In the Seraglio all the clocks one after another struck one as four-and-twenty salvoes announced that the Sultan with the banner of the Prophet had arrived in the camp.
And the people of the East believe that the blessing of Allah does not rest on the hour which marks the afternoon.
THE BURSTING FORTH OF THE STORM.
A contrary wind was blowing across the Bosphorus, so that it was not until towards the evening that the Sultan arrived at Scutari, and disembarked there at his seaside palace with his viziers, his princes, the Chief Mufti, and Ispirizade.
Though everything had quieted down close at hand, all night long could be heard, some distance off, in the direction of the camp, a murmuring and a tumult, the cause of which nobody could explain.
More than once the Grand Vizier sent fleet runners to the Aga of the Janissaries to inquire what was the meaning of all that noise in the camp. Hassan replied that he himself did not understand why they were so unruly after they had heard the arrival of the Sultan and the sacred banner everywhere proclaimed.
Shortly afterwards Ibrahim commanded him to seize all those who would not remain quiet. Hassan accordingly laid his hands on sundry who came conveniently in his way; but, for all that, the rest would pay no heed to him, and the tumult began to extend in the direction of Stambul also.
Towards midnight a ciaus reached the Kiaja with the intelligence that a number of soldiers were coming along from the direction of Tebrif, crying as they came that the army of Kueprilizade had been scattered to the winds by Shah Tamasip, and that they themselves were the sole survivors of the carnage—that was why the army round Stambul was chafing and murmuring.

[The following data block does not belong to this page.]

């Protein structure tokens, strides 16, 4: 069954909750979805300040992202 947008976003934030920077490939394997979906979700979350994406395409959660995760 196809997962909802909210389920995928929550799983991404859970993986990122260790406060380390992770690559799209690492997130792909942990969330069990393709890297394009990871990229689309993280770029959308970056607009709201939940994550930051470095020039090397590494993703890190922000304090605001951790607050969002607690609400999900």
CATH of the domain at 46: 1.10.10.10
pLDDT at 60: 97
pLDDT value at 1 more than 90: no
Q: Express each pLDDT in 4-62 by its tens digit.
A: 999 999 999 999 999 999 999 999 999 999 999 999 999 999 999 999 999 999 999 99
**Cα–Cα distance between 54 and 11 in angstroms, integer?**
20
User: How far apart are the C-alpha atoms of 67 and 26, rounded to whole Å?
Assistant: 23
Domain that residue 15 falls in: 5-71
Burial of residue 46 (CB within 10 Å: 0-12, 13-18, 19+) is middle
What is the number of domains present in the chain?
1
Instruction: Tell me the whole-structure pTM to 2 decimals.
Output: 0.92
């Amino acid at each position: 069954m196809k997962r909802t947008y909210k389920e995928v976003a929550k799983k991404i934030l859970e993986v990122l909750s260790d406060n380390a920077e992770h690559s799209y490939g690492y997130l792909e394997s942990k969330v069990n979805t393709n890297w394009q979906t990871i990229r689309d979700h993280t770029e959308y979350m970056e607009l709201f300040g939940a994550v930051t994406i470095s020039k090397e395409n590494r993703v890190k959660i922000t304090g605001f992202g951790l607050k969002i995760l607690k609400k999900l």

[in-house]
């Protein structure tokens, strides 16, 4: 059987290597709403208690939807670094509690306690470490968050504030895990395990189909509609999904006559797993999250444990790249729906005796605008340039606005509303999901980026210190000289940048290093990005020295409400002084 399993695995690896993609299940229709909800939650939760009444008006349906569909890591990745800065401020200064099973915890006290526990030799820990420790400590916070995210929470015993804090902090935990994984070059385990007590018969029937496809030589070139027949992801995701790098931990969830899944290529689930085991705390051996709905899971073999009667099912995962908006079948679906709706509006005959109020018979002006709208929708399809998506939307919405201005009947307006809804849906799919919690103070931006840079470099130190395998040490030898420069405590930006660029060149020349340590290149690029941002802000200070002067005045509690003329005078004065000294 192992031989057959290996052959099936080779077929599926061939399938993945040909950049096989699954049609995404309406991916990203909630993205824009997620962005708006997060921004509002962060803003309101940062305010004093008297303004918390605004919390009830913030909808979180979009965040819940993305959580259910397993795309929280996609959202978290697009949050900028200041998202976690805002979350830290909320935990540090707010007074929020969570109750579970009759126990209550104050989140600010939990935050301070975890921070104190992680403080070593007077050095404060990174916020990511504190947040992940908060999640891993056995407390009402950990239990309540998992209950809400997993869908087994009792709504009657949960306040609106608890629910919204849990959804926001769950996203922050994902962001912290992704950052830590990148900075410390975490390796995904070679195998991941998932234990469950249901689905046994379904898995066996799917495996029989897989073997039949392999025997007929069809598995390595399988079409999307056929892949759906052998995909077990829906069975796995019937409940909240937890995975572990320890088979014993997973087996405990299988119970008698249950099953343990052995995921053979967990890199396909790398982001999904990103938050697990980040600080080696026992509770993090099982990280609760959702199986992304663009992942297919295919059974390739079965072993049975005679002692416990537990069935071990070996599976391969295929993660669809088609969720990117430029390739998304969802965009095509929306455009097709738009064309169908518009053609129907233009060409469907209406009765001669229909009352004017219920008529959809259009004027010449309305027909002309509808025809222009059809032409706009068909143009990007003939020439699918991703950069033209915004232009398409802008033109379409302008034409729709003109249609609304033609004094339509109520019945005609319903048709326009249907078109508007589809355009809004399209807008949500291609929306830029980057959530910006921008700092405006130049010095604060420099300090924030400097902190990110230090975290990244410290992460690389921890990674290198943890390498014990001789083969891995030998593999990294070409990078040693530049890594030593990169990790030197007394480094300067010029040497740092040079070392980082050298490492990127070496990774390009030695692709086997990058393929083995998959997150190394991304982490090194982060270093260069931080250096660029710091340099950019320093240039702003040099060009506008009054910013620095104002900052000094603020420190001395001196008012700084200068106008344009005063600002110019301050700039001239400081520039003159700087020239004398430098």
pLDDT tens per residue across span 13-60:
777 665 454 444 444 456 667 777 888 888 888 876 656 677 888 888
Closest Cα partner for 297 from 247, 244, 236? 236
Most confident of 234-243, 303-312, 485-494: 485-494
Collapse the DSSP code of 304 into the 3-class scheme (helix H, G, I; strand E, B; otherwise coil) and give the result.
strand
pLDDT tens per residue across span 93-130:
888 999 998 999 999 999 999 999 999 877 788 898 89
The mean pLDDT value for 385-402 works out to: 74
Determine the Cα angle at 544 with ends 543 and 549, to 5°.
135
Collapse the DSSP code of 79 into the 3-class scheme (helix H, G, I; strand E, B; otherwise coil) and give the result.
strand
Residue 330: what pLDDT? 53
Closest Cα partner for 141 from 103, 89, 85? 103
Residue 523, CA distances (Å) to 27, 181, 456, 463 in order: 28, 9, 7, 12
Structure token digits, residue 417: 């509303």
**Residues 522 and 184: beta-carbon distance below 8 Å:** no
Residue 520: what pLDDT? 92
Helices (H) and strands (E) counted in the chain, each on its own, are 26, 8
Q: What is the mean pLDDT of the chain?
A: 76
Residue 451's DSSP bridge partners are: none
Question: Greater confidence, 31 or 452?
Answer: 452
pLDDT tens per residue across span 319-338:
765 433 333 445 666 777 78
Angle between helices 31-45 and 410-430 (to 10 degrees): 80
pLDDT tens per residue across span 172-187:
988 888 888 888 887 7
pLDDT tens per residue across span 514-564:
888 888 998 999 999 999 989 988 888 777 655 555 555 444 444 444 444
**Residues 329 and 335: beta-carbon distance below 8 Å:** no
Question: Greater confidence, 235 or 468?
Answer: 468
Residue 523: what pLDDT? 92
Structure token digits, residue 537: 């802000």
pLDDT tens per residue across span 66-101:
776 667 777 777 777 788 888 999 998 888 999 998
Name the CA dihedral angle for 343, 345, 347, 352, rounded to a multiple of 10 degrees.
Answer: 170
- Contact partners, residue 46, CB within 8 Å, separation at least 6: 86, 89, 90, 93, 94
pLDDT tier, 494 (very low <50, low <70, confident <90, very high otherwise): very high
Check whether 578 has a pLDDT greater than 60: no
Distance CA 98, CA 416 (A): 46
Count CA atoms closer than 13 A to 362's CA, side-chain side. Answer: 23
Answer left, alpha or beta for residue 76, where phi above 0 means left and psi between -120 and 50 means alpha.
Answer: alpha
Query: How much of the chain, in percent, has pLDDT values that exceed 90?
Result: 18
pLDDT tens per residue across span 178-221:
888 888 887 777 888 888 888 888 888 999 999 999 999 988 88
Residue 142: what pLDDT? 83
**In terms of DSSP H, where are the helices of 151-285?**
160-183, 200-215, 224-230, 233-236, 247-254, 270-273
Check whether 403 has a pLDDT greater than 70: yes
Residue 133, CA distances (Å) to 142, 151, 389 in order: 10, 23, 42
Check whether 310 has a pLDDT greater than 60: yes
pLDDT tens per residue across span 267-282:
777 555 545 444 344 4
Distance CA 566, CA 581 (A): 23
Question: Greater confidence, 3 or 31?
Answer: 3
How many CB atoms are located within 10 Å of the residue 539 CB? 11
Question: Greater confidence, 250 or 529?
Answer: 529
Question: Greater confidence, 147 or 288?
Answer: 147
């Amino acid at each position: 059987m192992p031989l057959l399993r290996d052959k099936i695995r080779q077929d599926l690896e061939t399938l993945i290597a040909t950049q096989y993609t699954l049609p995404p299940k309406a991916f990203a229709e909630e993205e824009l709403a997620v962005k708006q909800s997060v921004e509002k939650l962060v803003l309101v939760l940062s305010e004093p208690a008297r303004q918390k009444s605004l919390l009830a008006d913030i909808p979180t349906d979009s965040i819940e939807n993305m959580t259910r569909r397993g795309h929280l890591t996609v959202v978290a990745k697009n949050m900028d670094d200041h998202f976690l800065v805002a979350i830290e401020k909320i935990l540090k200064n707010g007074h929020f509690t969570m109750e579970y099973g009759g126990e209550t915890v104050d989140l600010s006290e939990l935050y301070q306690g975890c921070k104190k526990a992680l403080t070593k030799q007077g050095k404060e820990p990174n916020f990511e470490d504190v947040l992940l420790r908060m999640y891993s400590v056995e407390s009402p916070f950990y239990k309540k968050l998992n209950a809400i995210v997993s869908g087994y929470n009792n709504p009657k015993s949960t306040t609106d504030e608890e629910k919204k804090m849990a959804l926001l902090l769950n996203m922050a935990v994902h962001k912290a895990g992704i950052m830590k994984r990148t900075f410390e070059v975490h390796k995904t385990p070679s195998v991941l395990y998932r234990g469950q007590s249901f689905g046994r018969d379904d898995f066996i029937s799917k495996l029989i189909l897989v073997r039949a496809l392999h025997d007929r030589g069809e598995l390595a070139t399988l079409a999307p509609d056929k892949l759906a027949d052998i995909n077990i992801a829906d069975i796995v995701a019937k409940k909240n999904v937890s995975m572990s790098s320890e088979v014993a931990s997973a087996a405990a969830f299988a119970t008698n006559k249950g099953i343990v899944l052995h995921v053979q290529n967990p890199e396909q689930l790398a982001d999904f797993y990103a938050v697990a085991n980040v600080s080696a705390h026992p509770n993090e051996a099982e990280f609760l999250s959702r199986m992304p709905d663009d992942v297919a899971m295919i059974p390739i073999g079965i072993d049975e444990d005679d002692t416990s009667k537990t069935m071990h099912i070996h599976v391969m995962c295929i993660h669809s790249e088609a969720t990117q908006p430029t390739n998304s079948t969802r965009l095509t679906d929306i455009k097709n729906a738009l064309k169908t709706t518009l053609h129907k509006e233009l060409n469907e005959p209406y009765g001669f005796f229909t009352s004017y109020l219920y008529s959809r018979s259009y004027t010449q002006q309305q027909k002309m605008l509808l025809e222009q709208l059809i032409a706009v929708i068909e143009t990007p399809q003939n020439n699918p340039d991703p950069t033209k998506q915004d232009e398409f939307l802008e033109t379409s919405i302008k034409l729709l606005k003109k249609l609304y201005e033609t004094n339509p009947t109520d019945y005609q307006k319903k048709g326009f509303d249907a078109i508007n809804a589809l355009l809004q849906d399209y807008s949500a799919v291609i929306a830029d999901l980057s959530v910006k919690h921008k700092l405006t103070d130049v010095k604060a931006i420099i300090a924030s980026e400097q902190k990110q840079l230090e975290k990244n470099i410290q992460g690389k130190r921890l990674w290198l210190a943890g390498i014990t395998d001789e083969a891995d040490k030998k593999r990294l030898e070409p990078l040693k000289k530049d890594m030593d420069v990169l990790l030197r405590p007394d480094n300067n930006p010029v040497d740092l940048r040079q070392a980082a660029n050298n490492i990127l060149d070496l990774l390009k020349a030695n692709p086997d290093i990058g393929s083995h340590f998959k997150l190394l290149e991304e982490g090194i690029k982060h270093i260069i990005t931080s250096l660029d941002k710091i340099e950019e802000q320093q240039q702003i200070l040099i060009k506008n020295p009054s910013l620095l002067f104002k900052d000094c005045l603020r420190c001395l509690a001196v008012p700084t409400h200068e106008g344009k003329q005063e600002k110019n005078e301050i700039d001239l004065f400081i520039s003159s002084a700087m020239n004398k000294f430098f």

The Kiaja went at once in search of the Grand Vizier and told him of this terrible rumour.
“Impossible!” exclaimed Ibrahim. “Kueprilizade would not allow himself to be beaten. Only a few days ago I sent him arms and reinforcements which were more than enough to enable him to hold his own until the main army should arrive.
“And even if it were true. If, in consequence of the Sultan’s procrastination, we were to arrive too late and the whole of the provinces of Hamadan and Kermanshan were to be lost—even then we should all be in the hands of Allah. Come, let us go to prayer and then to bed!”
At about the same hour, three softas awoke the Chief Mufti and Ispirizade, and laid before them a letter written on parchment which they had discovered lying in the middle of a mosque. The letter was apparently written with gunpowder and almost illegible.
It turned out to be an exhortation to all true Mussulmans to draw the sword in defence of Muhammad, but they were bidden beware lest, when they went against the foe, they left behind them, at home, the greatest foes of all, who were none other than the Sultan’s own Ministers.